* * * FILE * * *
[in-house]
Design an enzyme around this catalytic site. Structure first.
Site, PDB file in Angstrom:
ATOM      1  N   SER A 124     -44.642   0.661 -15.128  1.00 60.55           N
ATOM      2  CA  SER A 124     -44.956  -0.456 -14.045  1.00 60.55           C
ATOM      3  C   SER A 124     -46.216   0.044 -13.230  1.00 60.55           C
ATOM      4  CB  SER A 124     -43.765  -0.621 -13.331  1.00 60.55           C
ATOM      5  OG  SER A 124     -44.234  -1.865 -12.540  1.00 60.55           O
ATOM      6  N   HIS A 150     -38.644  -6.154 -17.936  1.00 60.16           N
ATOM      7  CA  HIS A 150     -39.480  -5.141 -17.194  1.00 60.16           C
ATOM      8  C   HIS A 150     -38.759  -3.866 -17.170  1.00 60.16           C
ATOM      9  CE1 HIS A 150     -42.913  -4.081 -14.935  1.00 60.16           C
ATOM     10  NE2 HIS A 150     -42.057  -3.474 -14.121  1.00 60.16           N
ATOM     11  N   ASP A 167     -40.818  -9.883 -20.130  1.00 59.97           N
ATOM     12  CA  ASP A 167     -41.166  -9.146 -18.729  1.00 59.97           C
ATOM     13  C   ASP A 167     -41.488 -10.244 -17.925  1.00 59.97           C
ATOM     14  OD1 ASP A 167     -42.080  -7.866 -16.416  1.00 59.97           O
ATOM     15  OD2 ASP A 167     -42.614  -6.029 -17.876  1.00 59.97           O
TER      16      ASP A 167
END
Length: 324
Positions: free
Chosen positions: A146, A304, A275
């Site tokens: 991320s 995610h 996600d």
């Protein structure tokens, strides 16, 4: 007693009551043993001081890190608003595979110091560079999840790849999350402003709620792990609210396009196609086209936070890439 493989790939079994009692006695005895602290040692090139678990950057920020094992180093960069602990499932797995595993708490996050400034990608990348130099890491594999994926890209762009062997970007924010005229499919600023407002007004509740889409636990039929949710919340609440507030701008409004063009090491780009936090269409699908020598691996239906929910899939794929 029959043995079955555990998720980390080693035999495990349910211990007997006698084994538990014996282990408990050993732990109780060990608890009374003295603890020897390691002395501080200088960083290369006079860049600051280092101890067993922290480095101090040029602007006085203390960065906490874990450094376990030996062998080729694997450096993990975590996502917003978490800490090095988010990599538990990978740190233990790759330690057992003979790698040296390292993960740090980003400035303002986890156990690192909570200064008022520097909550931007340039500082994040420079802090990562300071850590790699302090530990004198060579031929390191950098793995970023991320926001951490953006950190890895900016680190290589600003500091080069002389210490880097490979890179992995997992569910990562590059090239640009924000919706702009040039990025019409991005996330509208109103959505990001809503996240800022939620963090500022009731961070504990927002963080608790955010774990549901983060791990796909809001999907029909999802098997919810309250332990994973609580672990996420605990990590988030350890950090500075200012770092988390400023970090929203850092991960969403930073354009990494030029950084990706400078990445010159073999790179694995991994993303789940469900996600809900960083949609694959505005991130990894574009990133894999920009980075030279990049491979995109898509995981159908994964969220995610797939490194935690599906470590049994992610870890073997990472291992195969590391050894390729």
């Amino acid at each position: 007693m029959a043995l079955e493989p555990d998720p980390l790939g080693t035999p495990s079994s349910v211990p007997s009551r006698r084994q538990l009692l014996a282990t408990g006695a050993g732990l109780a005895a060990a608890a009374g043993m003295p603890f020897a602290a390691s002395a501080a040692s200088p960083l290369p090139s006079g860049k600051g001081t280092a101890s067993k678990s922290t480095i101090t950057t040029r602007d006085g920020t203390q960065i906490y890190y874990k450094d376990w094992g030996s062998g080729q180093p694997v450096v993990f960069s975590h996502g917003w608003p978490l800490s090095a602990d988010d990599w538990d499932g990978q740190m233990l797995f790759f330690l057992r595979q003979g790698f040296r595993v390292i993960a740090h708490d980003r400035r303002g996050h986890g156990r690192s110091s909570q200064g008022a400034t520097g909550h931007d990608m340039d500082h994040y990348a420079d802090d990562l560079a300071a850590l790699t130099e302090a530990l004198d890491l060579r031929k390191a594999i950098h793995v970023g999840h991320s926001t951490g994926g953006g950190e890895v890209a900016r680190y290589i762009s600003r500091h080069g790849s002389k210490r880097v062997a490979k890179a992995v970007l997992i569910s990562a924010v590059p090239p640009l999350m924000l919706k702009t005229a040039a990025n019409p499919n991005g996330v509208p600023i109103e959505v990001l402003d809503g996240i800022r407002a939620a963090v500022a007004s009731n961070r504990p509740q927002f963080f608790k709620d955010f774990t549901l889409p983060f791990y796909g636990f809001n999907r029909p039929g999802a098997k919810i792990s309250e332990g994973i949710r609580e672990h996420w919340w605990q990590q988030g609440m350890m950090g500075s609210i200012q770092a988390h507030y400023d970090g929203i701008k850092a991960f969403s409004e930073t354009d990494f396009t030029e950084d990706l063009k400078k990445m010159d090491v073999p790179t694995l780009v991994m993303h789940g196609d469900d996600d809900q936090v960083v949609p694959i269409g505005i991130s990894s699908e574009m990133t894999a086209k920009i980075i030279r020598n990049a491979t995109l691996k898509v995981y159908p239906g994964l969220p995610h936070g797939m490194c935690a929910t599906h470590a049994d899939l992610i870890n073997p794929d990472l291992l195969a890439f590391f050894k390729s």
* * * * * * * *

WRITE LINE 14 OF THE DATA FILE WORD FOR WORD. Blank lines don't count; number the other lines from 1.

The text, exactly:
ATOM     11  N   ASP A 167     -40.818  -9.883 -20.130  1.00 59.97           N